Patch CTF Estimation graph descriptions


I’m new to the cryoEM field and I’m learning how to use cryosparc. I’m wanting to understand the outputs of the patch CTF estimation. I’ve gleaned descriptions of 3 of the 5 outputs from various papers and cryosparc discussion boards, but I’m still stuck on two of them. The following one is difficult to find any description.

Does anyone know what the axis for each of these graphs are? The lines? That would help in narrowing down the search.

Hi @mroy and welcome to cryoEM! I’d be happy to walk you through the outputs of a patch CTF job, and I’ve made a note to add a bit more explanation to our guide!

I’ll include an example image of my own here — it looks like you’re working with super-resolution data which scrunches the values up to fit in the higher resolutions. You may want to consider using Fourier cropping during motion correction to go back to physical pixel size, as it will speed up CTF and particle picking, but that’s up to you!

The plot in question is mostly used to ensure that background subtraction and envelope function fitting have succeeded — it is more diagnostic than informative.

Here, the X axis is the frequency in inverse Å. What we would typically call “higher resolution” signals are further to the right in this plot. The three things plotted in these graphs are:

  • In black, the radially-averaged power spectrum. The bright parts of the Thon rings would have a high value here, and the dark parts a low value.
  • In orange, the envelope function. Theoretically, Thon rings should continue all the way out to the Nyquist resolution, but because of various aberrations they fall off at higher frequencies. The envelope function is a way of modeling this falloff.
  • Finally, in blue, we plot the fitted CTF scaled by the envelope function. Here it is plotted oscillating between the envelope and 0, since this plot is mostly to ensure that background subtraction and envelope fitting have proceeded as expected.

The final CTF fit, which is more important to interpreting the results, are shown in this plot instead:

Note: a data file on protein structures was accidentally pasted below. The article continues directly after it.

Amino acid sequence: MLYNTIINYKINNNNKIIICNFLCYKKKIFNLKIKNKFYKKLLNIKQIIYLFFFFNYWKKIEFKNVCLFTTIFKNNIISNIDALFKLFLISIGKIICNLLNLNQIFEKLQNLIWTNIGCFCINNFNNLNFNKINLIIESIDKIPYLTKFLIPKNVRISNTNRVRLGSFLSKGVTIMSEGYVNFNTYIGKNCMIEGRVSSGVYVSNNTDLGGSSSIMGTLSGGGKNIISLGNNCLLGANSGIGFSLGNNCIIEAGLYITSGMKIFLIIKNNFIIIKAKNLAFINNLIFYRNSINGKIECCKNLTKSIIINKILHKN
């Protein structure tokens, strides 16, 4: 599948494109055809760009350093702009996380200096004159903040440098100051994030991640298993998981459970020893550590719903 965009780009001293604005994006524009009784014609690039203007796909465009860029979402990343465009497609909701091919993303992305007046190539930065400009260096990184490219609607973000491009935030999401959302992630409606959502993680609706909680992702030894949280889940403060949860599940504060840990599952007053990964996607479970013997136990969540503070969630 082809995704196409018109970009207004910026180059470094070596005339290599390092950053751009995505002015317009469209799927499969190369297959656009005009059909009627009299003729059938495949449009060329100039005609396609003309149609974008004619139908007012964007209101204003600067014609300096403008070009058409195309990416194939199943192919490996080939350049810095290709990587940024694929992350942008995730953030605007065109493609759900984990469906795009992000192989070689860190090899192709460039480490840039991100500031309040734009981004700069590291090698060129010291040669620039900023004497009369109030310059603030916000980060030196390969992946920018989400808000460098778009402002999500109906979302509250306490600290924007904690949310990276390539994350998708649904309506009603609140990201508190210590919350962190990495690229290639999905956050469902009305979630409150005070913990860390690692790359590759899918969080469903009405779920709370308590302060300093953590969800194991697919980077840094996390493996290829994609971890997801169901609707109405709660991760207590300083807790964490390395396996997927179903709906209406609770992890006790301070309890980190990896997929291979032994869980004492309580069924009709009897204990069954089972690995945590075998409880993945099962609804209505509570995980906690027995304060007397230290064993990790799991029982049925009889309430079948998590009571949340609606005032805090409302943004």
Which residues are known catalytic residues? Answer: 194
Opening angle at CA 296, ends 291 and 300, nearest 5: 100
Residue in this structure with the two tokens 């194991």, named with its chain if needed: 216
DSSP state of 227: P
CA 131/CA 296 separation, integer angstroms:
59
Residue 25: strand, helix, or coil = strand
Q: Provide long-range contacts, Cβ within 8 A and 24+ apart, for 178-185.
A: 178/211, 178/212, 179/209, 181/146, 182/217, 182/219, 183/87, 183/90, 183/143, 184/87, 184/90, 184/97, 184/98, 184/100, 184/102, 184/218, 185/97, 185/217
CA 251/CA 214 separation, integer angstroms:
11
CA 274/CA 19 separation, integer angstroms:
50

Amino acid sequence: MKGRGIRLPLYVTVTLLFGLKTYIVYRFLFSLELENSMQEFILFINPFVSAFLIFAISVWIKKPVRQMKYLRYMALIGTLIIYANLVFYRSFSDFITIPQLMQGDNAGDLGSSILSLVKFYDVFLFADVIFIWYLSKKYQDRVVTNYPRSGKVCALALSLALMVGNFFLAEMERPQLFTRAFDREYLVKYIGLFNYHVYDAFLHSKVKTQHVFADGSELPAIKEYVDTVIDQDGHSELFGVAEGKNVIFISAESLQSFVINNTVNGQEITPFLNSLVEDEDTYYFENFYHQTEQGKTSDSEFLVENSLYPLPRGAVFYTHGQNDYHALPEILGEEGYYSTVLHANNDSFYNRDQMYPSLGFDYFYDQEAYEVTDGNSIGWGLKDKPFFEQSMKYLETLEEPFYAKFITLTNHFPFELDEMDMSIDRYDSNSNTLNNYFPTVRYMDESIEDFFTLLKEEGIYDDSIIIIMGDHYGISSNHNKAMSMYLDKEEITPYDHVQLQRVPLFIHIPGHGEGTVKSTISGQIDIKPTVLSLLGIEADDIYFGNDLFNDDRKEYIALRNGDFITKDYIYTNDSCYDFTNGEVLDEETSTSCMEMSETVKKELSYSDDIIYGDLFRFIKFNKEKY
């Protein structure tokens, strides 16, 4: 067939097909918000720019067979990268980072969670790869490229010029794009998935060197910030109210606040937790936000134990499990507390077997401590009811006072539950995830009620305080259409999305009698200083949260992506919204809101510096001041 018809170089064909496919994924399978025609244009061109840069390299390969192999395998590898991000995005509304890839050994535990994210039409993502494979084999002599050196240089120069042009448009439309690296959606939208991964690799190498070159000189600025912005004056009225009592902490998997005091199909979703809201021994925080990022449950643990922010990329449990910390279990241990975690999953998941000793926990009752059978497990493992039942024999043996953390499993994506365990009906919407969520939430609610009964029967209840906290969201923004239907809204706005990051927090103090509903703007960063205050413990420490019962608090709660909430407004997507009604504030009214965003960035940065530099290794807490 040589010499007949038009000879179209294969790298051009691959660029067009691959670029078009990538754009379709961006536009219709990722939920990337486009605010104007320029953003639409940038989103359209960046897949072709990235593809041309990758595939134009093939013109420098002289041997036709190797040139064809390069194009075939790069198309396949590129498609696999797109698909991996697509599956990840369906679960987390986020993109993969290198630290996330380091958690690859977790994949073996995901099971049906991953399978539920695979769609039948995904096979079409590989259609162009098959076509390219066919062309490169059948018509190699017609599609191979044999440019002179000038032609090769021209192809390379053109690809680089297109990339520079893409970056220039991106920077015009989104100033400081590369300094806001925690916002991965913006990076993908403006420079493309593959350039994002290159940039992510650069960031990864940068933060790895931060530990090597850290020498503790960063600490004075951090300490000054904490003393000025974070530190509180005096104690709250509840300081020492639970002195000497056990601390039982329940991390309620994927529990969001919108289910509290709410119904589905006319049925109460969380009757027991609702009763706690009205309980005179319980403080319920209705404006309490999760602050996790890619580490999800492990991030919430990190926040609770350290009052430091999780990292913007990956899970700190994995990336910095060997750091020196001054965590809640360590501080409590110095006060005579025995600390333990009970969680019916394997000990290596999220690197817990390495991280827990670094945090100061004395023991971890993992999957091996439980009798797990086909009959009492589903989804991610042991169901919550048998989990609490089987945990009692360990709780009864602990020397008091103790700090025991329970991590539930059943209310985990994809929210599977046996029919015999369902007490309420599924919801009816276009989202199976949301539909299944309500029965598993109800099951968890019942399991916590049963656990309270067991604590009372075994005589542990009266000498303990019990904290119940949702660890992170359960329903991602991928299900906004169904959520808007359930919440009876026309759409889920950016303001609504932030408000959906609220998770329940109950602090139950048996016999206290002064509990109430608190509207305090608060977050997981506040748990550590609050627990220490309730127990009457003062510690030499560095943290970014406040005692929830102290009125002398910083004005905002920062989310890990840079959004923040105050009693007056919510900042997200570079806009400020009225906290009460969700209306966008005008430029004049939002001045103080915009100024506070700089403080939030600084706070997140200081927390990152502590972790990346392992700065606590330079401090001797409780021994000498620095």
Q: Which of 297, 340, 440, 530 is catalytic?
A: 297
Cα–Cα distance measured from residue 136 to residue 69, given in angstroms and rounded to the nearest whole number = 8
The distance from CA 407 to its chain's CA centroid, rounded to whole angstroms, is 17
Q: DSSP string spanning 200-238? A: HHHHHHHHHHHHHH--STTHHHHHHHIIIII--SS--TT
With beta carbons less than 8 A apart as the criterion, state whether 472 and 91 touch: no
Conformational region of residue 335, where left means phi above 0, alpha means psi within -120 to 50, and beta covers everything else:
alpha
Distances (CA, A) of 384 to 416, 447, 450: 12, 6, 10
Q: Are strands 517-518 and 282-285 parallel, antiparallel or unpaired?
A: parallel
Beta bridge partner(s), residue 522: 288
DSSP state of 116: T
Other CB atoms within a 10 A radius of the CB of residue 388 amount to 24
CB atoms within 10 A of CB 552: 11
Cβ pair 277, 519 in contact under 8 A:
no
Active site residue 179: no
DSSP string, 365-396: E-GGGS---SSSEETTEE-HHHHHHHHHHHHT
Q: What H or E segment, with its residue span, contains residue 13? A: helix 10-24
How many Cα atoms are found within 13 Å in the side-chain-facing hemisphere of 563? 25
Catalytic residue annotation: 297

which plots the power spectrum (black) and the fitted CTF (red) as well as how well the agree with each other (blue).

I know that’s a lot of information! Please let me know if you have any more questions!


Hello @rposert,
I had a question regarding this diagnostic plot. How and from where one can extract the values of this plot such that the same plot could be made in a graphing software such as graph pad.

Best regards,

Hi @subhrob15! If you’re asking about the plot with the power spectrum, CTF, and cross correlation you can indeed access that data. In the directory of the Patch CTF job, you’ll see a directory called ctfestimated. Within that directory are a number of .npy files (one for each micrograph), that contain the data transformed to produce these plots.

For instance, I have a Patch CTF job J49. I can get a list of all the relevant files like so:

import numpy as np
from pathlib import Path

ctf_job_path = Path("/bulk1/data/cryosparc_personal/rposert/CS-rposert-guide-work/J49")
all_ctf_files = (ctf_job_path / "ctfestimated").glob('*diag_plt.npy')

Then, if I write a function to plot them:

import matplotlib.pyplot as plt
def make_ctf_plot(data, filename):

    # note that raw data must be transformed
    power_spectrum = np.cbrt(data['EPA_trim'] - data['BGINT']) + 0.5
    ctf = np.cbrt(data['ENVINT'] * (2 * data['CTF']**2 - 1)) + 0.5
    cc = data['CC']

    # make plot
    plt.figure(figsize = [12, 6])
    plt.plot(data['freqs_trim'], power_spectrum)
    plt.plot(data['freqs_trim'], ctf)
    plt.plot(data['freqs_trim'], cc)
    plt.ylim([-0.1, 1.1])
    plt.xlim(0, data['freqs_trim'].max())

and/or save to CSV for use in other software:

import pandas as pd
def write_csv(data, filename):
    df = pd.DataFrame({
        'freq': data['freqs_trim'],
        'ps': np.cbrt(data['EPA_trim'] - data['BGINT']) + 0.5,
        'ctf': np.cbrt(data['ENVINT'] * (2 * data['CTF']**2 - 1)) + 0.5,
        'cc': data['CC']
    df.to_csv(filename, index = False)

I can write out the data for each micrograph like so:

for ctf_file in all_ctf_files:
    data = np.load(ctf_file)

    plot_name ='.npy', '.png')
    make_ctf_plot(data, plot_name)

    csv_name ='.npy', '.csv')
    write_csv(data,'.np', '.csv'))

Note that this script would create a plot and CSV for every single one of your micrographs — you probably do not want to generate that many files!

If you were referring to the other plot (with Power Spectrum, Parametric |CTF|^2, and Envelope), that data is not available outside the job.

I hope that helps!